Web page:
Jun Hyun Kim
Master plans by Texas A&M landscape architecture students addressing urban neighborhoods’ flooding and crime, unintended effects of gentrification, and additional environmental and societal issues earned top honors from the Texas Chapter of the American Society of Landscape Architects.
Students received their awards at an April 19 luncheon during the 2018 Texas ALSA conference in the Galveston Island Convention Center.
Texas A&M’s five winning projects were selected from a pool of entries submitted by university students across the state by a jury of academics and industry professionals.
Award of Excellence
Graduate students Xueqi Song and Rui Zhu earned an Award of Excellence, the top student project honor presented by the Texas ASLA, for “Resilience Through Regeneration,” a master plan to improve a low-income neighborhood in south Houston.
In the plan, vacant parcels and crime-attracting, dilapidated buildings in the neighborhood are replaced with single and multifamily housing, while flood vulnerability is reduced with the addition of storm water retention ponds, interconnected community gardens and green spaces.
The recommended changes result in a tripling of the neighborhood’s green space, a 15-percent jump in multifamily housing, and significant increases in commercial and institutional space.
The students were advised by Galen Newman, an associate professor in the Department of Landscape Architecture and Urban Planning.
Three teams of Texas A&M landscape architecture students earned honor awards.
One group proposed a new outdoor classroom, more gathering space, and additional amenities for students at Texas A&M’s Soltis Center for Research and Education in Costa Rica, to boost center users’ opportunities for learning and relaxation.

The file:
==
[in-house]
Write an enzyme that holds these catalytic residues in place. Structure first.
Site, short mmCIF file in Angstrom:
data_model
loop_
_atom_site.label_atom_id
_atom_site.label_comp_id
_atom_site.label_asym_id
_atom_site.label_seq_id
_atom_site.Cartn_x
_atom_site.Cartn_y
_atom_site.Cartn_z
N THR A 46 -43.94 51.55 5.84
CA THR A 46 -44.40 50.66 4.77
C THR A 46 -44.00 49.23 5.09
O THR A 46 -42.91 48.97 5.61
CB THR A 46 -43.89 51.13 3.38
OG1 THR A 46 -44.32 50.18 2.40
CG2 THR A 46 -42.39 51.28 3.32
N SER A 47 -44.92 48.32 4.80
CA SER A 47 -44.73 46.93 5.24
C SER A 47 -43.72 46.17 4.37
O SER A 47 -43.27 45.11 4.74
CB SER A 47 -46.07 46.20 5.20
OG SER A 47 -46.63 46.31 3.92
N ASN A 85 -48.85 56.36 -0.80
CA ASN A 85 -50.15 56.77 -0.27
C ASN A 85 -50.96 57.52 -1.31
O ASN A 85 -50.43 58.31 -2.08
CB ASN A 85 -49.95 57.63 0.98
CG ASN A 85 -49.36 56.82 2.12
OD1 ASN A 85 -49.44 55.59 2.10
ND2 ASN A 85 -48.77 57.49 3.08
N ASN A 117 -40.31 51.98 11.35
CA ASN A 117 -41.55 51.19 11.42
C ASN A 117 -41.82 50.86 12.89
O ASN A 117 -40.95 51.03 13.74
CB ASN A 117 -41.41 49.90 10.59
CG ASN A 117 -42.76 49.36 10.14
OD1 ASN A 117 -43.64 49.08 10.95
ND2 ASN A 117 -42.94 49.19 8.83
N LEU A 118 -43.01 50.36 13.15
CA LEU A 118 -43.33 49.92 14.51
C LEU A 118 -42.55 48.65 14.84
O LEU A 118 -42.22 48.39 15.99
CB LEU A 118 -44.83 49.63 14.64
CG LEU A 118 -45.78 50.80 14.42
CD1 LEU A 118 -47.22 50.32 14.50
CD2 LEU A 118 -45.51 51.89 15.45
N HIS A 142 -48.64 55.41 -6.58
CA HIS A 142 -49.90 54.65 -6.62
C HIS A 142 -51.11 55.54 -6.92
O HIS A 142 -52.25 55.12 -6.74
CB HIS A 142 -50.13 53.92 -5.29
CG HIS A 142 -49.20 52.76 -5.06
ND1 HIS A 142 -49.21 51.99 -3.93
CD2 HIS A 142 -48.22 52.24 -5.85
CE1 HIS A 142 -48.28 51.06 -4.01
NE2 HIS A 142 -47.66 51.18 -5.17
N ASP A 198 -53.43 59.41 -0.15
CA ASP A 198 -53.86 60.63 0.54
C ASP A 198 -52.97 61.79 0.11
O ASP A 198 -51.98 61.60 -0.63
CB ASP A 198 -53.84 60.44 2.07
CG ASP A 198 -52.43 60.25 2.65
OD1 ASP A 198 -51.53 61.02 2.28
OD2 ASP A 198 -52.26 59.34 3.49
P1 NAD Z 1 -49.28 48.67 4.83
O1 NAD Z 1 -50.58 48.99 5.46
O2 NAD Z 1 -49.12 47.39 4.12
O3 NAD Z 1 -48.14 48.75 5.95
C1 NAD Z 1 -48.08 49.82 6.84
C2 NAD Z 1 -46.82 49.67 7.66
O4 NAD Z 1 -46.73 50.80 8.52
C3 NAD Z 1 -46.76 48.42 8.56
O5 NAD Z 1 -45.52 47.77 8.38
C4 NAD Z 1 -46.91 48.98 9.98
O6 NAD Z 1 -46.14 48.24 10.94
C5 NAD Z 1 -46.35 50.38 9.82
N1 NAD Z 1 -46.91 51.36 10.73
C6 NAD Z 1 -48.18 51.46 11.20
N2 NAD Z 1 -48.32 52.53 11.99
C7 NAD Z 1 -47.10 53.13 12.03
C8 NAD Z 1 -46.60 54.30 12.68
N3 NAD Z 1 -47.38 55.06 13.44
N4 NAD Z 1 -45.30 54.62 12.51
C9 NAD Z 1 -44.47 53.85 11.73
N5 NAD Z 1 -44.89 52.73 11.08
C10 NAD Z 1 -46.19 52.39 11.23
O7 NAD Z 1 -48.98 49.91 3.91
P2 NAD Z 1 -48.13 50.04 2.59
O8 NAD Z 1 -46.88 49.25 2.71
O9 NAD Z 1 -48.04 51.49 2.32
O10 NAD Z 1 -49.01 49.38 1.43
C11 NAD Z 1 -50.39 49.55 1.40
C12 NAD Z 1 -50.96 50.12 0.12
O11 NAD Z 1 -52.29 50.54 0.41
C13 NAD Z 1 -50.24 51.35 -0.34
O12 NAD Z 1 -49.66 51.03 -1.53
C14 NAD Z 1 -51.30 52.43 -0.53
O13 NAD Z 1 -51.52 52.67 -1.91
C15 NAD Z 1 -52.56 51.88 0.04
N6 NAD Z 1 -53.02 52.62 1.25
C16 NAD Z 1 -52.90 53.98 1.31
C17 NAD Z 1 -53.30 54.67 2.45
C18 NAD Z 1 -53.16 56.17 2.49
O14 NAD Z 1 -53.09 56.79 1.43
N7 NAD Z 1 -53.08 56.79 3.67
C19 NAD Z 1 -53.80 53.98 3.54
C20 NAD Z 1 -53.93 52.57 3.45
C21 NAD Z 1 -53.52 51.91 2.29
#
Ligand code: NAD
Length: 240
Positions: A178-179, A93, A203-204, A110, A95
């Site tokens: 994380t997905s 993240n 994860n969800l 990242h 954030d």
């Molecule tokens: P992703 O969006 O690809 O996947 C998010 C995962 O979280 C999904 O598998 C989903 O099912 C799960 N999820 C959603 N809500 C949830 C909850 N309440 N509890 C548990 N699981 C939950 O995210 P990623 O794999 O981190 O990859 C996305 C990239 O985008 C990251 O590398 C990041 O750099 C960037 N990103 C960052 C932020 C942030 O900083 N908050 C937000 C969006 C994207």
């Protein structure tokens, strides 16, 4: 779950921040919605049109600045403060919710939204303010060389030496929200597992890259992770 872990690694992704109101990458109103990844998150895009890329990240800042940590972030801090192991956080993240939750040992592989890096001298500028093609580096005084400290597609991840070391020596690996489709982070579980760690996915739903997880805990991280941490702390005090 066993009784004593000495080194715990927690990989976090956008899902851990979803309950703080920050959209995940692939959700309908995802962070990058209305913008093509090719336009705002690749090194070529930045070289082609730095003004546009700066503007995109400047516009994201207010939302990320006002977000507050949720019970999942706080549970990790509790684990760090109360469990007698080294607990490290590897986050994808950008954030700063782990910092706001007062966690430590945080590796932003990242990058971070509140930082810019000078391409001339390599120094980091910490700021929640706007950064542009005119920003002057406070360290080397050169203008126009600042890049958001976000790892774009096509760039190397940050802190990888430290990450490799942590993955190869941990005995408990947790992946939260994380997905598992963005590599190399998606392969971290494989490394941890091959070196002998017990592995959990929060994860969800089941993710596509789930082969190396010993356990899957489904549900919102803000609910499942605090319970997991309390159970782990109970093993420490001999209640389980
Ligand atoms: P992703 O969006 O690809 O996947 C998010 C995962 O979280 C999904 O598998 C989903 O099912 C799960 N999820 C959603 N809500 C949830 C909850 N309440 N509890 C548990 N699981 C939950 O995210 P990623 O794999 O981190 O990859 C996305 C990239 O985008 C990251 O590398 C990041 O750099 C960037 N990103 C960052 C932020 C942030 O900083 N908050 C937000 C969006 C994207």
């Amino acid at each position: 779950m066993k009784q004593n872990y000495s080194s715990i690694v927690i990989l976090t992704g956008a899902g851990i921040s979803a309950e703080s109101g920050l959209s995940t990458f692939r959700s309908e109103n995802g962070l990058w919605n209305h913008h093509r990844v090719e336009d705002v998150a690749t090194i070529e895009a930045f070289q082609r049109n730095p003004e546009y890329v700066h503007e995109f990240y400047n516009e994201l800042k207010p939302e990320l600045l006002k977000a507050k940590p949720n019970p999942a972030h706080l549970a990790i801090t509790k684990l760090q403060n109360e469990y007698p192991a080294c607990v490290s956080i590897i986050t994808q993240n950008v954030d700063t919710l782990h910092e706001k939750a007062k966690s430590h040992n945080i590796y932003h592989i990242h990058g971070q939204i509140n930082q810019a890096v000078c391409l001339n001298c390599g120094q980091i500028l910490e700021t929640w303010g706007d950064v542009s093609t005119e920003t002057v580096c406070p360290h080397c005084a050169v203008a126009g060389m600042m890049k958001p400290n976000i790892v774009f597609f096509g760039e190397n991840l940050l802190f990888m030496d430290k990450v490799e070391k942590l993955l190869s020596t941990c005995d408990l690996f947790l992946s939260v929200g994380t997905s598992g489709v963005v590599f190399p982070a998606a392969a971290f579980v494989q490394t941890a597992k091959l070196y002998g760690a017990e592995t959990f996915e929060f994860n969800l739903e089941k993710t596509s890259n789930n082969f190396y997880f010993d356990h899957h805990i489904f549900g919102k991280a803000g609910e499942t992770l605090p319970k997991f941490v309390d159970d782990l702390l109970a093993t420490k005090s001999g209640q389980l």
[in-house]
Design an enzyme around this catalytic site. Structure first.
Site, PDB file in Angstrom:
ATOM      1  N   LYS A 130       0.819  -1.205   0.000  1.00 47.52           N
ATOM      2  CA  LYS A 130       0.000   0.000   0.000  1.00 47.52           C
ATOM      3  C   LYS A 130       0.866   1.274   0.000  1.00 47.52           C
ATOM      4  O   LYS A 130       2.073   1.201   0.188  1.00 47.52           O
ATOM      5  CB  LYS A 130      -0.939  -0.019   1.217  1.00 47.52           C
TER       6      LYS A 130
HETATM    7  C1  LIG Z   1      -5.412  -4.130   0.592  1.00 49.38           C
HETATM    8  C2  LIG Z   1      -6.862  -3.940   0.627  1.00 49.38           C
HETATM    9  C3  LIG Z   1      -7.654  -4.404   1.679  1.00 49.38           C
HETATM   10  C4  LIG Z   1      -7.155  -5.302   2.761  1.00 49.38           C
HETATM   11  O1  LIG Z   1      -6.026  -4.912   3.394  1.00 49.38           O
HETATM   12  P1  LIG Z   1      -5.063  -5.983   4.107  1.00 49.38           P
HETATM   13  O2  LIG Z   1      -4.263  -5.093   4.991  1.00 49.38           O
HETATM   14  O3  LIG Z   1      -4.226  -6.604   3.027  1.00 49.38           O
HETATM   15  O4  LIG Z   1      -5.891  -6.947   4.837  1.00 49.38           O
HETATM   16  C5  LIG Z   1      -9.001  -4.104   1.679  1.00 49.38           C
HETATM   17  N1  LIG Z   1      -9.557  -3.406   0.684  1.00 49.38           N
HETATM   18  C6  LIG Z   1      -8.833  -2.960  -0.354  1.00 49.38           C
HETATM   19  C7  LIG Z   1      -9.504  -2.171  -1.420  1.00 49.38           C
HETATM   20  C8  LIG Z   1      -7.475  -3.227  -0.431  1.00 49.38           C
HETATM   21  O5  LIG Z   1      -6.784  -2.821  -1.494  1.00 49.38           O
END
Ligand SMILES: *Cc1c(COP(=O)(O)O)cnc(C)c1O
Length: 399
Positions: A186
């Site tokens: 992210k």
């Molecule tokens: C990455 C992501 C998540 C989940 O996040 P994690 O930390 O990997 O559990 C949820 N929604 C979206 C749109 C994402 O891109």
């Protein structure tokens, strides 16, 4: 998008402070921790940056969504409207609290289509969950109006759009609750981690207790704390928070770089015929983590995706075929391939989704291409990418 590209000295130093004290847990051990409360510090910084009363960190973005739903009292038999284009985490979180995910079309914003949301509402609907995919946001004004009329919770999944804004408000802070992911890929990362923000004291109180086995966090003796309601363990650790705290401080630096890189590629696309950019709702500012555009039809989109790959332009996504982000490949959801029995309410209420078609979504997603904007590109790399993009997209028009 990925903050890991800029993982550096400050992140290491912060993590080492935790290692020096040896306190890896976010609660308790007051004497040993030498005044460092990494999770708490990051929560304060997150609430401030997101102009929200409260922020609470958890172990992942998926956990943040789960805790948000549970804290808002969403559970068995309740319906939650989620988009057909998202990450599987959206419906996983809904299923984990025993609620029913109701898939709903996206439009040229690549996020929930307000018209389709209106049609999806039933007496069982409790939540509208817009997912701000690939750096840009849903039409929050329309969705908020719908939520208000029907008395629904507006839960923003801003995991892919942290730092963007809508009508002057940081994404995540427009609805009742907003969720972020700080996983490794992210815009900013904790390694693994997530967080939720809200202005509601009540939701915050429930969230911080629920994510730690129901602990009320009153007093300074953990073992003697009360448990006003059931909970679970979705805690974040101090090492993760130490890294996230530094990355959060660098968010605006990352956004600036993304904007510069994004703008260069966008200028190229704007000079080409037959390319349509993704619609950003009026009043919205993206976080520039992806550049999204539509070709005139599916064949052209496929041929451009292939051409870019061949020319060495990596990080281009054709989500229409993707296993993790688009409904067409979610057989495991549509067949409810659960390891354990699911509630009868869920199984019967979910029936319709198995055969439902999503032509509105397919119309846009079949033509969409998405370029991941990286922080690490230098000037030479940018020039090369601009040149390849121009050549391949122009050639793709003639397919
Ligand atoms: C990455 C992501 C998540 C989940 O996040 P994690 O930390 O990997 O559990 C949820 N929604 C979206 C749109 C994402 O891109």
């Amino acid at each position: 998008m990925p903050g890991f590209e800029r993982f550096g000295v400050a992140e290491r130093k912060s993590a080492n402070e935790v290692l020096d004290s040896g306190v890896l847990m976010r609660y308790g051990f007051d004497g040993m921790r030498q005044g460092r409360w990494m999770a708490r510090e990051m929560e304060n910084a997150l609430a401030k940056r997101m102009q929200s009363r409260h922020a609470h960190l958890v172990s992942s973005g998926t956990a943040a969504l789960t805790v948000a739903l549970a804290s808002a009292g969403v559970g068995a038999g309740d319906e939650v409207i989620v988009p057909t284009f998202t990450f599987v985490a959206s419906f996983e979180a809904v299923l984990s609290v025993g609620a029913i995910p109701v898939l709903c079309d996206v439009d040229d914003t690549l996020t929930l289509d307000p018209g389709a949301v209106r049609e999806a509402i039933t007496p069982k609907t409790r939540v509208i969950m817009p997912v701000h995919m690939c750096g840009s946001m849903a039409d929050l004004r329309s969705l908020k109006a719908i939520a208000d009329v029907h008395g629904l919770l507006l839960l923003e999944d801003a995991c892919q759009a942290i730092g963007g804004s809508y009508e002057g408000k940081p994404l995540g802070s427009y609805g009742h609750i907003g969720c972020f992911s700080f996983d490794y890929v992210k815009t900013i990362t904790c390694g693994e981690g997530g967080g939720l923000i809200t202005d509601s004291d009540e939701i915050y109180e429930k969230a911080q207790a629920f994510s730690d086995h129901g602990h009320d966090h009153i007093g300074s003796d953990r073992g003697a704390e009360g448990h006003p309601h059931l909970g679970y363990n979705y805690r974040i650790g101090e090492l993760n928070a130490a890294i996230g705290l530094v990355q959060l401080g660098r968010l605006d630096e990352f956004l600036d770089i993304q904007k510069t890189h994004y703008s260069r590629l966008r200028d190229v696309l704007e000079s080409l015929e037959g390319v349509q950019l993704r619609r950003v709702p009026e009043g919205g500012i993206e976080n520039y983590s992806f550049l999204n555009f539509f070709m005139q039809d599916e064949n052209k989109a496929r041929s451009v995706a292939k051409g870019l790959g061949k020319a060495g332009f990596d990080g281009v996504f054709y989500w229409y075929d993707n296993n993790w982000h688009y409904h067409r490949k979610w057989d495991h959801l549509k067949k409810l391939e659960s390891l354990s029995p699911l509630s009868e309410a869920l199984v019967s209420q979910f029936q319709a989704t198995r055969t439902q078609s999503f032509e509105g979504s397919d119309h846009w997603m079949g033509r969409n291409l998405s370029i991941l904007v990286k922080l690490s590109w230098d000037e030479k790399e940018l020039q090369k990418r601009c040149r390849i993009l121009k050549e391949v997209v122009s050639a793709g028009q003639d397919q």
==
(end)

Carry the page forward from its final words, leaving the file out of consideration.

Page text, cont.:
Undergraduate students Kourtney Gonzalez, Philip Hammond, Alaina Parker and Maritza Sanchez created the proposal. They were advised by Jun-Hyun Kim, former assistant professor in the Department of Landscape Architecture and Urban Planning.
In another Honor Award-winning entry, a group of undergraduate students sought to protect low-income residents from getting pushed out of their gentrifying Houston neighborhood with a master plan that includes affordable housing and restricted commercial development.
The plan was created by Catalino Diaz, Damaris Martinez, Antoni Kwiatkowski, Natalie Somerville and Eun Taek Yoon. They were advised by Newman and Jeremy Merrill, an assistant professor in the Department of Landscape Architecture and Urban Planning.
In another plan that earned an Honor Award, students sought to reduce flooding in a portion of coastal League City, Texas by decreasing the proposal area’s impermeable surfaces and dramatically increasing the amount of captured storm water runoff.
The plan was created by graduate students Shen-Yu Hu, Priya Katoch and Lingshuang Meng, who were advised by Newman.
A proposal to increase green space and rainwater harvesting to reduce development-related storm water runoff in the rapidly growing Bryan/College station area earned a merit award.
The plan was developed by graduate students Xinyi Bu, Yaxuan Han and Carolina Pena Rojas, who were advised by Newman.